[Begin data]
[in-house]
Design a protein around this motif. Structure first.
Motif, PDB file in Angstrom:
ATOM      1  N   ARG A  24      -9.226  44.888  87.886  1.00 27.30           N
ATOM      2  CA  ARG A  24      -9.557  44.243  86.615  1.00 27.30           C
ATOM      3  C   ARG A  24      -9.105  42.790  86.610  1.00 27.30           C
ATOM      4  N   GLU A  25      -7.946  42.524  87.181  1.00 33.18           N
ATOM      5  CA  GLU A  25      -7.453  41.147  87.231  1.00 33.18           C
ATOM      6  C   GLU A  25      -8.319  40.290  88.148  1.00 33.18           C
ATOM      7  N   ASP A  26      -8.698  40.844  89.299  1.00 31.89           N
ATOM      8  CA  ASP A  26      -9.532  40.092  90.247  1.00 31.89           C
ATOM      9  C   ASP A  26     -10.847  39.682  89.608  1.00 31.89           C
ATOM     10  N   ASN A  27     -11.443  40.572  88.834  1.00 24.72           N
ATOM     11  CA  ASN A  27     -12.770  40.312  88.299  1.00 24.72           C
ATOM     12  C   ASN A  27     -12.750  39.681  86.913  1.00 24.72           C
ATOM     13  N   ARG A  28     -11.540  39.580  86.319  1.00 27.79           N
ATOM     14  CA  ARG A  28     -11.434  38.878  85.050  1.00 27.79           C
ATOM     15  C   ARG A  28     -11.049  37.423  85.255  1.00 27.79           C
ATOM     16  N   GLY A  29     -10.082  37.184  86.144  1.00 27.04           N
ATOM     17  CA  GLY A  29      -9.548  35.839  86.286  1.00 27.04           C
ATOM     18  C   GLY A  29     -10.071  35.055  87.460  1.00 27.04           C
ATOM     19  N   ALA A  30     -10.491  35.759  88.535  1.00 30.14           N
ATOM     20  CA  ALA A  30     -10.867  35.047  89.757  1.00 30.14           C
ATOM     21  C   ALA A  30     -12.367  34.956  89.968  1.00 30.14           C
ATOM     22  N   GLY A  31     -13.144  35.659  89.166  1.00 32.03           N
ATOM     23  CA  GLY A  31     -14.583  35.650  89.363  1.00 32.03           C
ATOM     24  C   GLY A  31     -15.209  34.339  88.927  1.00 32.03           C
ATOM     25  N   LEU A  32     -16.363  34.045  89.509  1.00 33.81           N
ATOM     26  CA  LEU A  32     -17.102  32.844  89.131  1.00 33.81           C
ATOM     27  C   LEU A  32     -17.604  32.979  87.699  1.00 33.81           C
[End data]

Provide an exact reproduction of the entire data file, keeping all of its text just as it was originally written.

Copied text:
[in-house]
Design a protein around this motif. Structure first.
Motif, PDB file in Angstrom:
ATOM      1  N   ARG A  24      -9.226  44.888  87.886  1.00 27.30           N
ATOM      2  CA  ARG A  24      -9.557  44.243  86.615  1.00 27.30           C
ATOM      3  C   ARG A  24      -9.105  42.790  86.610  1.00 27.30           C
ATOM      4  N   GLU A  25      -7.946  42.524  87.181  1.00 33.18           N
ATOM      5  CA  GLU A  25      -7.453  41.147  87.231  1.00 33.18           C
ATOM      6  C   GLU A  25      -8.319  40.290  88.148  1.00 33.18           C
ATOM      7  N   ASP A  26      -8.698  40.844  89.299  1.00 31.89           N
ATOM      8  CA  ASP A  26      -9.532  40.092  90.247  1.00 31.89           C
ATOM      9  C   ASP A  26     -10.847  39.682  89.608  1.00 31.89           C
ATOM     10  N   ASN A  27     -11.443  40.572  88.834  1.00 24.72           N
ATOM     11  CA  ASN A  27     -12.770  40.312  88.299  1.00 24.72           C
ATOM     12  C   ASN A  27     -12.750  39.681  86.913  1.00 24.72           C
ATOM     13  N   ARG A  28     -11.540  39.580  86.319  1.00 27.79           N
ATOM     14  CA  ARG A  28     -11.434  38.878  85.050  1.00 27.79           C
ATOM     15  C   ARG A  28     -11.049  37.423  85.255  1.00 27.79           C
ATOM     16  N   GLY A  29     -10.082  37.184  86.144  1.00 27.04           N
ATOM     17  CA  GLY A  29      -9.548  35.839  86.286  1.00 27.04           C
ATOM     18  C   GLY A  29     -10.071  35.055  87.460  1.00 27.04           C
ATOM     19  N   ALA A  30     -10.491  35.759  88.535  1.00 30.14           N
ATOM     20  CA  ALA A  30     -10.867  35.047  89.757  1.00 30.14           C
ATOM     21  C   ALA A  30     -12.367  34.956  89.968  1.00 30.14           C
ATOM     22  N   GLY A  31     -13.144  35.659  89.166  1.00 32.03           N
ATOM     23  CA  GLY A  31     -14.583  35.650  89.363  1.00 32.03           C
ATOM     24  C   GLY A  31     -15.209  34.339  88.927  1.00 32.03           C
ATOM     25  N   LEU A  32     -16.363  34.045  89.509  1.00 33.81           N
ATOM     26  CA  LEU A  32     -17.102  32.844  89.131  1.00 33.81           C
ATOM     27  C   LEU A  32     -17.604  32.979  87.699  1.00 33.81           C